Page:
A recent study found that when compared to using no device, using a positioning wedge under the abdomen eliminated the need for abdominal pressure for two-thirds of obese colonoscopy patients (Fetzer, 2020). It is important to communicate with the recovery nurse if the case required a significant amount of abdominal pressure to reach the cecum, and to be aware of early signs and symptoms of perforation, which include severe nausea, abdominal pain and distention.
In recovery, post-sedation monitoring is essential to ensure the patient has returned to an acceptable level of functioning before being discharged home. Using a standardized scoring system—such as the Aldrete or Modified Aldrete score—will allow the nurse to determine if a patient is safe for discharge. This is the time to evaluate for potential procedural complications. By understanding what is happening in the procedure room as well as reviewing the patient’s pre-existing conditions, we can anticipate potential complications.
As nurses in a busy endoscopy unit, we are trusted with a range of roles and responsibilities that can often be daunting. By adhering to the ethical principles of beneficence and non-maleficence, we can provide patient-centric care that provides the best possible outcomes, while maintaining the trust and safety of the patients we serve.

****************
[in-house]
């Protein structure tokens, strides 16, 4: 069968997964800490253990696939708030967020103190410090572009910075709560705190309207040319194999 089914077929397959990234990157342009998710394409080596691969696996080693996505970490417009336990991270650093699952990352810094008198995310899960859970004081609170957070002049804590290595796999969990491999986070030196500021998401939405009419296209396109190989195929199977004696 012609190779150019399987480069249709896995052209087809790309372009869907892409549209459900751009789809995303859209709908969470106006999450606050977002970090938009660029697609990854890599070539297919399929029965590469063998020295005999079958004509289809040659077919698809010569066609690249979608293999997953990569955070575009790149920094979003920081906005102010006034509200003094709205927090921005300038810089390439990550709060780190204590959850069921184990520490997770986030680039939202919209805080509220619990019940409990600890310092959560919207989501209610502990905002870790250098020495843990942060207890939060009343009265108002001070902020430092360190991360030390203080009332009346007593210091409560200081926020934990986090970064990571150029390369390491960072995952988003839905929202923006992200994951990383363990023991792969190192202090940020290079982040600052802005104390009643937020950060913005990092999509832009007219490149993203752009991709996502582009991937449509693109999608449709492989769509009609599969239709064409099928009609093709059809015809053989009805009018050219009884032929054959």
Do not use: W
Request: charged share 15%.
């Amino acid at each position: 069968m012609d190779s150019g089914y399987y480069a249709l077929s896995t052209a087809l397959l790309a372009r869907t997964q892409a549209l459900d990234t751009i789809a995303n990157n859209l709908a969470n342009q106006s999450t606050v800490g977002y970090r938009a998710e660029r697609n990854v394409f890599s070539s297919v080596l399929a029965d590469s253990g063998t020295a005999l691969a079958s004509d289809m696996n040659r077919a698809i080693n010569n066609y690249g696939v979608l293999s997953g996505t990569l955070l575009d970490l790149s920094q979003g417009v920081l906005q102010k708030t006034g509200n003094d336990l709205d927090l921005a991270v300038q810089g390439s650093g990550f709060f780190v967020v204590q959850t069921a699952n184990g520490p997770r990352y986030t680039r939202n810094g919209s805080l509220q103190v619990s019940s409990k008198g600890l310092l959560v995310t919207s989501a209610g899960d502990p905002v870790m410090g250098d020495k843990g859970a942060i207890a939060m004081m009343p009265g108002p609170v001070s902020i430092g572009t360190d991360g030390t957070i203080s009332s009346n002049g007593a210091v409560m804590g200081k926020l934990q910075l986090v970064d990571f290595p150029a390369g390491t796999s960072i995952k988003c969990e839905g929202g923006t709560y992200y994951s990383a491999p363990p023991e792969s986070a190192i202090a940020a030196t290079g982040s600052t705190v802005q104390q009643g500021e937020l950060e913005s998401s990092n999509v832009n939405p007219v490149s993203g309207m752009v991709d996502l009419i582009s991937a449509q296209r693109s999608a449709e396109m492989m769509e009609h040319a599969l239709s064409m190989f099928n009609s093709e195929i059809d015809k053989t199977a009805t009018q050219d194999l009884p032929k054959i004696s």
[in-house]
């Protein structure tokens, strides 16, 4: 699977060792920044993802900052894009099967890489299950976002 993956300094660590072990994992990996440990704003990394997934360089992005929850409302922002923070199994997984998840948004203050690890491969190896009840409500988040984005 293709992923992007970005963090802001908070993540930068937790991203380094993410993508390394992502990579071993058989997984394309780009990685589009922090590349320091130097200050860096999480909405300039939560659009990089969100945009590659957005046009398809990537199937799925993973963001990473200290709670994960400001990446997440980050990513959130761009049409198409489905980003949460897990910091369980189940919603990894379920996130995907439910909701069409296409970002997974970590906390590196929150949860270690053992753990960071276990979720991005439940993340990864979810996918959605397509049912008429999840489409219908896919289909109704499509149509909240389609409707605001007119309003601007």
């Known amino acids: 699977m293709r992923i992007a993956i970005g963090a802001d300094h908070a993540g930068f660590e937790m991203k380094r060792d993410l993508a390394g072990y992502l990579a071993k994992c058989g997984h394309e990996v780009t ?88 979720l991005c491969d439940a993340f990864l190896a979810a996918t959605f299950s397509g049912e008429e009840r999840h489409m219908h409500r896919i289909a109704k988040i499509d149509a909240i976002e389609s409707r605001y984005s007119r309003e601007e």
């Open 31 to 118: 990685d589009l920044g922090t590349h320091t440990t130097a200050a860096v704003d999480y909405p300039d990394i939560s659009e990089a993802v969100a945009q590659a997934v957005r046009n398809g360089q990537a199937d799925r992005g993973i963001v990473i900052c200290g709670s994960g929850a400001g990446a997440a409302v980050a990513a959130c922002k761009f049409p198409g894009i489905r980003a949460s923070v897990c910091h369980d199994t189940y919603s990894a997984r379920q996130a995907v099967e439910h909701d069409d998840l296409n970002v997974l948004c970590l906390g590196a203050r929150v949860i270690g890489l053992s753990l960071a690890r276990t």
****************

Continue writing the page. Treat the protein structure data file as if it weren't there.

Sue Ohme, RN, BSN, works at Swedish Medical Center, in Issaquah, Washington. She graduated from Pacific Lutheran University with her BSN in 2013. Immediately after nursing school, she worked in a community hospital’s progressive care unit, which allowed her to hone her cardiac and respiratory skills. Ohme has worked at Swedish Medical Center since 2015—first as an emergency room RN, then switching to endoscopy in 2021. She’s been cross-trained in ECT and PPACU and is an active member of her unit’s shared-leadership committee. Prior to nursing, Ohme graduated with a BS in biology and worked as a chemist.
- Asa Physical Status Classification System – American Society of … (2020, December 13). Retrieved March 13, 2023, from https://www.asahq.org/standards-and-guidelines/asa-physical-status-classification-system
- Dellon ES;Lippmann QK;Galanko JA;Sandler RS;Shaheen NJ; (2009, August). Effect of GI endoscopy nurse experience on screening colonoscopy outcomes. Gastrointestinal endoscopy. Retrieved March 12, 2023, from https://pubmed.ncbi.nlm.nih.gov/19500788/
- DiNobile, C. (2022, November 4). Take our electrosurgery safety quiz. Outpatient Surgery Magazine. Retrieved March 19, 2023, from https://www.aorn.org/outpatient-surgery/article/2009-February-take-our-electrosurgery-safety-quiz
- Fetzer, S. J. (2020). Application of a Positioning Wedge During Colonoscopy of Obese Patients to Mitigate Nurse Pain. AAOHN Journal, 68(7), 320–324. https://doi.org/10.1177/2165079920904743
- GI nurse sedation. SGNA. (n.d.). Retrieved March 12, 2023, from https://www.sgna.org/Practice-Resources/GI-Nurse-Sedation
- Why ethics in nursing matters: Ethical principles in nursing. ANA. (2023, February 17). Retrieved March 12, 2023, from https://www.nursingworld.org/practice-policy/nursing-excellence/ethics/why-ethics-in-nursing-matters/